Here's a list of the claims, from a much longer article advocating use of the plant you are asking about. My thought is, when something is supposedly excellent for such a wide variety of issues, it's just being hyped.
What I take from the list (besides to treat it with dubiousness) is that you don't have to use only the powder from ground-up bark or root of the plant, you can juice the berry and rub it into your scalp, or even chew the fruit though it is said to be sour.
Not that I think it works (because if it did, there would be no bald men in India). Caveat emptor.
Claims for it:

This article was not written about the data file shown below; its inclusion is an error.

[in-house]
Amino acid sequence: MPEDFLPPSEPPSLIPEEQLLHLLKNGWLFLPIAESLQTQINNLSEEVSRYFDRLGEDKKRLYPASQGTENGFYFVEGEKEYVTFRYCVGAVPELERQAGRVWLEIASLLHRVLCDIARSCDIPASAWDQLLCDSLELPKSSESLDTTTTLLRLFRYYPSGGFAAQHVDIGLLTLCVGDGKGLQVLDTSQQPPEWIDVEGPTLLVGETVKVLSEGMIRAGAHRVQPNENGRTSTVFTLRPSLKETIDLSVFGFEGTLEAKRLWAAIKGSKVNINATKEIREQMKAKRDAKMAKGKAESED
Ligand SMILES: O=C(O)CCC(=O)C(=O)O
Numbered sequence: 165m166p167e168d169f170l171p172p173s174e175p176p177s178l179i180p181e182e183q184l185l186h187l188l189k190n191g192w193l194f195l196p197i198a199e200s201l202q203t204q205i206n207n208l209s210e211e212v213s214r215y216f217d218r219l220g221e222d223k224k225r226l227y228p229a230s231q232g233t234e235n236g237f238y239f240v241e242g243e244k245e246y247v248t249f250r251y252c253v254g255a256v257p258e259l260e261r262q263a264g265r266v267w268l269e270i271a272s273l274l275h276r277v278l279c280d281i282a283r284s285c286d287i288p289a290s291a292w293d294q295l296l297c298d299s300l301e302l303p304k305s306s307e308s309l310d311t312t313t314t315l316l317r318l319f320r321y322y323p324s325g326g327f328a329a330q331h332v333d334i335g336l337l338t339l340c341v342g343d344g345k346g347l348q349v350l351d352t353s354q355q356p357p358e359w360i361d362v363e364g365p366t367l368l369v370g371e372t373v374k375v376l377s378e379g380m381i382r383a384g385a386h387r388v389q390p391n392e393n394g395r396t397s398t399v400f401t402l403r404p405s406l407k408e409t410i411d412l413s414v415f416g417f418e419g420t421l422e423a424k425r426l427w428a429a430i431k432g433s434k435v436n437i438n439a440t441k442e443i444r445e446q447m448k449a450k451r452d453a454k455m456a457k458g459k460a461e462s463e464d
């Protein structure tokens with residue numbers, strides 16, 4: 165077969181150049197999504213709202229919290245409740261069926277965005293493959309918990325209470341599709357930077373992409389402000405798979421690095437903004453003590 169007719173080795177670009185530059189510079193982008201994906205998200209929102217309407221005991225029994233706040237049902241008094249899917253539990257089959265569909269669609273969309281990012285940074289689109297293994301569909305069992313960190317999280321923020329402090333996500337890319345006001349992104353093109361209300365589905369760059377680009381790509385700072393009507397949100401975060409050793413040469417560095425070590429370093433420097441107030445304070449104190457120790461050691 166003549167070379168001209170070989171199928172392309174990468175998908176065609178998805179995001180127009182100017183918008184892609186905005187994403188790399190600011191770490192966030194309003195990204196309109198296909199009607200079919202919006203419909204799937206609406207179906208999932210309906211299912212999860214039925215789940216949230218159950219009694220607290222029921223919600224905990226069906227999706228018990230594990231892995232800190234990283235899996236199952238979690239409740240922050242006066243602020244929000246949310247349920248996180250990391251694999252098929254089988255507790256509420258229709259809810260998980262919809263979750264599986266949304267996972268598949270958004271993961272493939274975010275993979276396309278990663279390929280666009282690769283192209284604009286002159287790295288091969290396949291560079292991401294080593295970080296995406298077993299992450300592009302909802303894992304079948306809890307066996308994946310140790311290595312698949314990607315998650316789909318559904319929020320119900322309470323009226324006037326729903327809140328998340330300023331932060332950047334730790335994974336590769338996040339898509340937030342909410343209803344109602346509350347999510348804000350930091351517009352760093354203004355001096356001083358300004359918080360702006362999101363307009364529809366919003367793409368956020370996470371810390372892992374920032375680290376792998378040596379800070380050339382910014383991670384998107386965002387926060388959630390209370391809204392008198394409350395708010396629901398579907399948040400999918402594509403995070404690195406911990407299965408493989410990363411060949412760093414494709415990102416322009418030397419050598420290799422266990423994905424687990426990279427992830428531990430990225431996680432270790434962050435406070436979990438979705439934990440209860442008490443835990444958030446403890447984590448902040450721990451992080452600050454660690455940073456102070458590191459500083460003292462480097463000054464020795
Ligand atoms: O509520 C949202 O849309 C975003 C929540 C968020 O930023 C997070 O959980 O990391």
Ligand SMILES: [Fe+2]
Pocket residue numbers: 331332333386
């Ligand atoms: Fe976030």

- controlling diabetes
- aiding digestion
- treating irritable bowel syndrome, diarrhea, constipation
- improving vision
- strengthening the immune system
- reduce free radicals
- improve the cognitive ability
- treat the common cold
- aid in metabolism
- delay aging of skin
- reduce dandruff
- nourish hair and follicles
- "balance sebum content" of scalp
- helps regenerate hair
- control cholesterol
- improve cardiac activity
- reduce blood pressure
- liver tonic
- respiratory issues
- heal wounds
Comments about use with hair:
Massage hair with the juice or oil before washing hair
The leaf can be ground up, made into a paste and used as a hair tonic
The oil (from the seeds) can be used to nourish scalp and hair follicles
The bark can be dried and turned into a powder to use in making hair masks with plain yogurt
The fruit can be chewed
" Do not exceed 500ml of Emblica Officinalis juice for adults
Do not exceed 200ml of Emblica Officinalis juice for children"